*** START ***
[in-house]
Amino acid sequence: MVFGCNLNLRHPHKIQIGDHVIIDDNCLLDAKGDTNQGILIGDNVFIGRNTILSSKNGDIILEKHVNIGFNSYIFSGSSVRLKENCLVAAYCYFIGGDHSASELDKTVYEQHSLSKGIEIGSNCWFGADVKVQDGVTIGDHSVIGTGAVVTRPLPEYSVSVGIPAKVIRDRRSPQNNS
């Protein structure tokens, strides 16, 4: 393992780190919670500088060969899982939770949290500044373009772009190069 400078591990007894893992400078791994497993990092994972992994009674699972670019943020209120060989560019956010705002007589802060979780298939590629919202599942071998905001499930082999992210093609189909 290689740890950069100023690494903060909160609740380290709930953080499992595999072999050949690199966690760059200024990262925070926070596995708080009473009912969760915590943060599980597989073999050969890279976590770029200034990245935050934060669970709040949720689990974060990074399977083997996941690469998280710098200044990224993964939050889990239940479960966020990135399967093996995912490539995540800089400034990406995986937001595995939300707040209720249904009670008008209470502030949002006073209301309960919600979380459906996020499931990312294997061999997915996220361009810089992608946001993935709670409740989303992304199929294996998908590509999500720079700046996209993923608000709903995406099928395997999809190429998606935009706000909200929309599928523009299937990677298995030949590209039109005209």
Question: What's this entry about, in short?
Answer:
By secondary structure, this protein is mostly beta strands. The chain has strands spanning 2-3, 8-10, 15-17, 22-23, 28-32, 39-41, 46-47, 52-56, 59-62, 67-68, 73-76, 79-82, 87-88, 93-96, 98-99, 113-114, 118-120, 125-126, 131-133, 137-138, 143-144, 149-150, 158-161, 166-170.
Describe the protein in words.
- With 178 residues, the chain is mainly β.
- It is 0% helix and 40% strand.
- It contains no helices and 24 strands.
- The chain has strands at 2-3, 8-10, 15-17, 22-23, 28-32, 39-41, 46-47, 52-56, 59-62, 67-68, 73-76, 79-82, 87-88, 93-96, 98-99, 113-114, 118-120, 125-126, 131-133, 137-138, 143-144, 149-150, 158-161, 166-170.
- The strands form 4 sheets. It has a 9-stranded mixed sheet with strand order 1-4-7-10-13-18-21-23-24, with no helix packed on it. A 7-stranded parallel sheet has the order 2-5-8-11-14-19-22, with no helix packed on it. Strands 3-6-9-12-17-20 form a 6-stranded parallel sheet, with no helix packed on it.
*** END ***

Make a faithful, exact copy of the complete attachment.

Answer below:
[in-house]
Amino acid sequence: MVFGCNLNLRHPHKIQIGDHVIIDDNCLLDAKGDTNQGILIGDNVFIGRNTILSSKNGDIILEKHVNIGFNSYIFSGSSVRLKENCLVAAYCYFIGGDHSASELDKTVYEQHSLSKGIEIGSNCWFGADVKVQDGVTIGDHSVIGTGAVVTRPLPEYSVSVGIPAKVIRDRRSPQNNS
């Protein structure tokens, strides 16, 4: 393992780190919670500088060969899982939770949290500044373009772009190069 400078591990007894893992400078791994497993990092994972992994009674699972670019943020209120060989560019956010705002007589802060979780298939590629919202599942071998905001499930082999992210093609189909 290689740890950069100023690494903060909160609740380290709930953080499992595999072999050949690199966690760059200024990262925070926070596995708080009473009912969760915590943060599980597989073999050969890279976590770029200034990245935050934060669970709040949720689990974060990074399977083997996941690469998280710098200044990224993964939050889990239940479960966020990135399967093996995912490539995540800089400034990406995986937001595995939300707040209720249904009670008008209470502030949002006073209301309960919600979380459906996020499931990312294997061999997915996220361009810089992608946001993935709670409740989303992304199929294996998908590509999500720079700046996209993923608000709903995406099928395997999809190429998606935009706000909200929309599928523009299937990677298995030949590209039109005209």
Question: What's this entry about, in short?
Answer:
By secondary structure, this protein is mostly beta strands. The chain has strands spanning 2-3, 8-10, 15-17, 22-23, 28-32, 39-41, 46-47, 52-56, 59-62, 67-68, 73-76, 79-82, 87-88, 93-96, 98-99, 113-114, 118-120, 125-126, 131-133, 137-138, 143-144, 149-150, 158-161, 166-170.
Describe the protein in words.
- With 178 residues, the chain is mainly β.
- It is 0% helix and 40% strand.
- It contains no helices and 24 strands.
- The chain has strands at 2-3, 8-10, 15-17, 22-23, 28-32, 39-41, 46-47, 52-56, 59-62, 67-68, 73-76, 79-82, 87-88, 93-96, 98-99, 113-114, 118-120, 125-126, 131-133, 137-138, 143-144, 149-150, 158-161, 166-170.
- The strands form 4 sheets. It has a 9-stranded mixed sheet with strand order 1-4-7-10-13-18-21-23-24, with no helix packed on it. A 7-stranded parallel sheet has the order 2-5-8-11-14-19-22, with no helix packed on it. Strands 3-6-9-12-17-20 form a 6-stranded parallel sheet, with no helix packed on it.